Polberro Mine

Polberro Mine was one of the richest and the deepest in the St Agnes area. It was well known for producing a very high grade of ore called Diamond Tin, this was so pure that it required little or no processing so it could be sent directly from the mine to the smelters. Like many other Cornish Mines Polberro was an amalgamation of several smaller mines which had worked as individual concerns such as Wheal’s: Kine, Pell, Turnavore, Prosper, Park and Squidler .
The mine was operational as far back as the 1730’s, its boom time of production was from the mid 1830’s when production peaked at around 30 tons of Tin a month, at this time there were around 450 persons employed. In 1846 the mine was visited by Queen Victoria, from then it was known as Royal Polberro Consols. The price of Tin dropped in the 1870’s causing the closure of many mines in the area including Polberro. A re-working in 1886 dates the surviving engine house on Turnavore shaft which housed a 60″ pumping engine. The mine again closed in 1895 after a merger with Trevaunance Mine. In 1937 a final re-working was attempted, new extensive dressing floors were installed and the engine house was converted for use as the miners dry, the shaft here was deepened reaching a final depth of 182 fathoms making it the deepest mine in St Agnes. The mine closed for the last time in 1941, ending all mining activity in the St Agnes area.
The engine house is in good condition still retaining its roof, the bob wall has been bricked in and the windows are gothic in character some still with the frames in place.

The images on this page were taken in the mid 1990’s, the area is now on private land.

Polberro Mine

A nice image looking at the front of the Engine House, this was built to house a 60″ pumping engine.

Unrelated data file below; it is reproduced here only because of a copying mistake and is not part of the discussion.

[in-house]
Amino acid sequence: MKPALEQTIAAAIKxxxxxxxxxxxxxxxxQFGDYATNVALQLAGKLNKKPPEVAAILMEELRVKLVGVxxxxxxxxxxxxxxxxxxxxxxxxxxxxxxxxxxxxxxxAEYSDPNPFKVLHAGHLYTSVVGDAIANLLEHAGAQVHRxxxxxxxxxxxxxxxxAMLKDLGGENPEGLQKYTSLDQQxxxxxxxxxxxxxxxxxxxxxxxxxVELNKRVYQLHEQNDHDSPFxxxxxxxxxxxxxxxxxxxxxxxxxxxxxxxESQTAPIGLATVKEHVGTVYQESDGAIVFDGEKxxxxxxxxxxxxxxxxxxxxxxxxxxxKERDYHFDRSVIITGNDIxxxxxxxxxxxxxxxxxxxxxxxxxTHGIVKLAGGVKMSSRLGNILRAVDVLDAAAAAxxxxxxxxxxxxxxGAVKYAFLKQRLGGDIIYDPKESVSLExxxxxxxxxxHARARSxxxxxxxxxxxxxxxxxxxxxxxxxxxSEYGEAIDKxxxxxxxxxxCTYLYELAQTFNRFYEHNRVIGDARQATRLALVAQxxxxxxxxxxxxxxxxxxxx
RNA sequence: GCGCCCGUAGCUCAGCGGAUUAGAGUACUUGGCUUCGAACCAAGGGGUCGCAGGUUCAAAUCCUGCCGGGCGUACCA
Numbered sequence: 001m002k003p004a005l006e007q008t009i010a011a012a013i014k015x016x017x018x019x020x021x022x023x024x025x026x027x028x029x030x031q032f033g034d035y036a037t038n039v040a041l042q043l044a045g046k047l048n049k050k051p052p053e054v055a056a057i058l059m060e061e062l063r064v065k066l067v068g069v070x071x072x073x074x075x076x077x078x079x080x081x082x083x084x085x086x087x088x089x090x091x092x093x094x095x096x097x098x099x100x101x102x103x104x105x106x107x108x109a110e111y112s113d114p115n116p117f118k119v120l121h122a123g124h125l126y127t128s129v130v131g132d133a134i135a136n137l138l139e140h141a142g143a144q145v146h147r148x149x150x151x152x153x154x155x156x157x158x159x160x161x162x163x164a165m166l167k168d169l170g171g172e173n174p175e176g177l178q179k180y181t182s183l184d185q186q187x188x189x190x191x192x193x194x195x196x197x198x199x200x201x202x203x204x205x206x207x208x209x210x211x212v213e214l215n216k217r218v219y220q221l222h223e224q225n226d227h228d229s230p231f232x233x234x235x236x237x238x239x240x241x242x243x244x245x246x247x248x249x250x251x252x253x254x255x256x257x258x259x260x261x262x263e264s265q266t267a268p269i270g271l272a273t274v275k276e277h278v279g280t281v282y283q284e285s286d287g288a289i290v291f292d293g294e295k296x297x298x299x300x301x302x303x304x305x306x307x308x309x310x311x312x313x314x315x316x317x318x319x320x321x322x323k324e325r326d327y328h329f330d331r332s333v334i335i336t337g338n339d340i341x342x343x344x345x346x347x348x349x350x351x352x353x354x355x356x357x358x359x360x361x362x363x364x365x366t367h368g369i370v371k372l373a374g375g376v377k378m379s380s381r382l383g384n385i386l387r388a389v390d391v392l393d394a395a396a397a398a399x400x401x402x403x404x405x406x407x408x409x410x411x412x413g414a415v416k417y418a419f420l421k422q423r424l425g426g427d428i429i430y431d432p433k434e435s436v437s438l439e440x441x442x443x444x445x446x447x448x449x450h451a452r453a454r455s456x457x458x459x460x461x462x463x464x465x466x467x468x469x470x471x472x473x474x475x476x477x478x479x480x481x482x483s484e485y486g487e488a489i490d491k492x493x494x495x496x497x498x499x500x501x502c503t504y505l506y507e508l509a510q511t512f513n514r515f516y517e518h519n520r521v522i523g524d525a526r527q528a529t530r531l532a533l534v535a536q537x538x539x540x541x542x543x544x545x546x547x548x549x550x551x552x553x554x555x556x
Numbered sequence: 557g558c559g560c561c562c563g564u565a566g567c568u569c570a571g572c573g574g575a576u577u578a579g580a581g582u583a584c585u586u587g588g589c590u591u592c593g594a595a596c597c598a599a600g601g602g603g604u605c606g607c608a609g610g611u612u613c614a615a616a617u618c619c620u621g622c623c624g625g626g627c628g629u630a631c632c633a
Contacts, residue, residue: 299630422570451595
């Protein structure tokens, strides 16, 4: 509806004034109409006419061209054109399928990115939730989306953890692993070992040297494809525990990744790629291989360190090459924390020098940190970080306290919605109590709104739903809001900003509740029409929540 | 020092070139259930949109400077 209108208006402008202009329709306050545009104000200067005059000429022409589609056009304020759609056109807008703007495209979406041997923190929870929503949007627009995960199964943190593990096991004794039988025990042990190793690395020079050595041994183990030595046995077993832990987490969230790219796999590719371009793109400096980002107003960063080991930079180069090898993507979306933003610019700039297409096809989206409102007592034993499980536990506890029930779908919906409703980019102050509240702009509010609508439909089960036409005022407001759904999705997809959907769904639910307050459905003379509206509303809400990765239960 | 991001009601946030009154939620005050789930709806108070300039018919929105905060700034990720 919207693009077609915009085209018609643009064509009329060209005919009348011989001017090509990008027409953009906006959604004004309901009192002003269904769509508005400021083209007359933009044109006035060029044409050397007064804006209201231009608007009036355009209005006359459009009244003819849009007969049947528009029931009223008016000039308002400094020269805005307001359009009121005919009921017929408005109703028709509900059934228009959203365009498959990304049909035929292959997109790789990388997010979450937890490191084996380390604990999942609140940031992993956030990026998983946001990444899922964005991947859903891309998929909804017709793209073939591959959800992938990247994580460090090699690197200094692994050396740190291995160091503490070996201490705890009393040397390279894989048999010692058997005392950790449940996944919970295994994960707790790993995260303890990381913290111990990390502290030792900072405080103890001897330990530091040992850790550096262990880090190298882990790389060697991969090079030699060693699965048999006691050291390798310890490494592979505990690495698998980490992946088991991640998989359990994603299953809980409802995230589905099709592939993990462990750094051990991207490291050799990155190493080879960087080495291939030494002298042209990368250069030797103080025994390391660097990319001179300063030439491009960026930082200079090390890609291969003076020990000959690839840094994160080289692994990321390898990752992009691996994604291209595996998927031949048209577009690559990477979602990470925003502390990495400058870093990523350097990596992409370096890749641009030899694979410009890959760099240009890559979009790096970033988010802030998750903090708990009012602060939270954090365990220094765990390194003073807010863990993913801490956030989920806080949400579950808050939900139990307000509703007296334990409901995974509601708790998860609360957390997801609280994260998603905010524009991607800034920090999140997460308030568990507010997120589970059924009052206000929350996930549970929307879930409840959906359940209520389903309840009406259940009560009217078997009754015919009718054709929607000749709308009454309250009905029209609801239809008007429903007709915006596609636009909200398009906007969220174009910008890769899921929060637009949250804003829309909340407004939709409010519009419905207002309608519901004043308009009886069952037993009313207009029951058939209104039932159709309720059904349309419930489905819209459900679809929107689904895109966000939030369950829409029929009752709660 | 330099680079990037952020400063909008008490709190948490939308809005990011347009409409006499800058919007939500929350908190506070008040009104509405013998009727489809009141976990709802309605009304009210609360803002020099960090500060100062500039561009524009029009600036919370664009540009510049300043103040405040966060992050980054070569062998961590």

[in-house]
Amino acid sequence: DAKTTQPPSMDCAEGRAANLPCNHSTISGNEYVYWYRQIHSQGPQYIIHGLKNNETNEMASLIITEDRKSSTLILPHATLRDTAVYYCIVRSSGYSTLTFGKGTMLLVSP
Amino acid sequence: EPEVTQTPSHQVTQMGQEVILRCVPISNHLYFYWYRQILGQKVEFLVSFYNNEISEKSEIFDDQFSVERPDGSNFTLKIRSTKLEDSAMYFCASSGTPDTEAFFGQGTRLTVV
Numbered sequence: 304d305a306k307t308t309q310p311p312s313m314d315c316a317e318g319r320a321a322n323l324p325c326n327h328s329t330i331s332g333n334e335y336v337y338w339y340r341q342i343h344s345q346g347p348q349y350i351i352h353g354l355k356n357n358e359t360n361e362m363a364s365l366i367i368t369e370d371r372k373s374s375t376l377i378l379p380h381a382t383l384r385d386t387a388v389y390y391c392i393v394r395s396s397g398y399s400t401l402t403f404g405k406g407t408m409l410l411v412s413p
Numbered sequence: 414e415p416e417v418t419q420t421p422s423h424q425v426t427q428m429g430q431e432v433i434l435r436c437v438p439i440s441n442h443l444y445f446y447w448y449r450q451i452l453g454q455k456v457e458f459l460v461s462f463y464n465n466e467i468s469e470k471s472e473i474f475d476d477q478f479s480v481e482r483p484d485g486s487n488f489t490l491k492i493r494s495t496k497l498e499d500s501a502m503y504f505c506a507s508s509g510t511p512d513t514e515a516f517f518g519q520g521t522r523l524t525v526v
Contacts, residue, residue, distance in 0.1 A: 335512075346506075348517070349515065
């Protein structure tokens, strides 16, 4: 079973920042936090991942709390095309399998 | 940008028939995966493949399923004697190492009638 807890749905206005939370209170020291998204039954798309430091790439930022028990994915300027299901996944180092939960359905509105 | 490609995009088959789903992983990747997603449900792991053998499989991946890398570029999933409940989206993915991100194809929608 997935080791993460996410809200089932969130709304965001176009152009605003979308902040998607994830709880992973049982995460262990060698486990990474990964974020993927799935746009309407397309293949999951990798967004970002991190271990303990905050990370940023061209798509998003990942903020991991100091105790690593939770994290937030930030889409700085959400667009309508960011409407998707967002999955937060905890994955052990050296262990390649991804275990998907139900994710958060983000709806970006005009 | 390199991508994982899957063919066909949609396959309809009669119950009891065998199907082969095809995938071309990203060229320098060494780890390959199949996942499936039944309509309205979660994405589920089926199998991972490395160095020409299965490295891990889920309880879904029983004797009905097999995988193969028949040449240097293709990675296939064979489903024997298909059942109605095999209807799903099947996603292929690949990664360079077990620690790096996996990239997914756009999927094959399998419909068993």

Polberro Mine

A closer image of the Polberro Mine Engine House, the roof was still in great condition when I visited. Note the distinctive Gothic style windows.

Polberro Mine

The lean to building at the front of the house contained a heating boiler used when the building was used as a miners dry during the last reworking.

Polberro Mine

A detailed image of one of the Gothic style window in the Engine House wall.

Polberro Mine

A view of the Engine House, the concrete pillars to the right supported a stone crusher and a grizzly screen.

Polberro Mine

Polberro Mine Engine House, the rear wall was bricked up during the last re-working when it was used as the miner’s dry. To the right are the concrete supports for the stone crusher, a wooden gantry from the top of the shaft would have carried the ore here.

Polberro Mine

Two circular buddles on the Polberro Mine processing floors, these date from the early 20th Century. The are is now very overgrown and on Private Land.

Polberro Mine

The dressing fllors were quite extensive and well preserved, sadly much of this was lost when a wastewater treatment plant was built.

Polberro Mine

A closeup of one of the buddles, anything that still survives here is buried or hidden by vegetation.

Polberro Mine

Mounting bolts for machinery around the shaft area.

Polberro Mine

This is a beautiful Engine House overlooking St Agnes, I must have another look at it sometime.

Polberro Mine

This is the site of the 36″ Stamps Engine house of Polberro Mine, all that remains is a granite bedstone for the beam.

Polberro Mine

A final image of Polberro Mine, looking at the engine house on Turnavore Shaft, in the foreground are the remains of Wheal Friendly Mine’s yard.

As I have already stated this property is on Private Land and should not be entered.

Poldice Mine Arsenic Works

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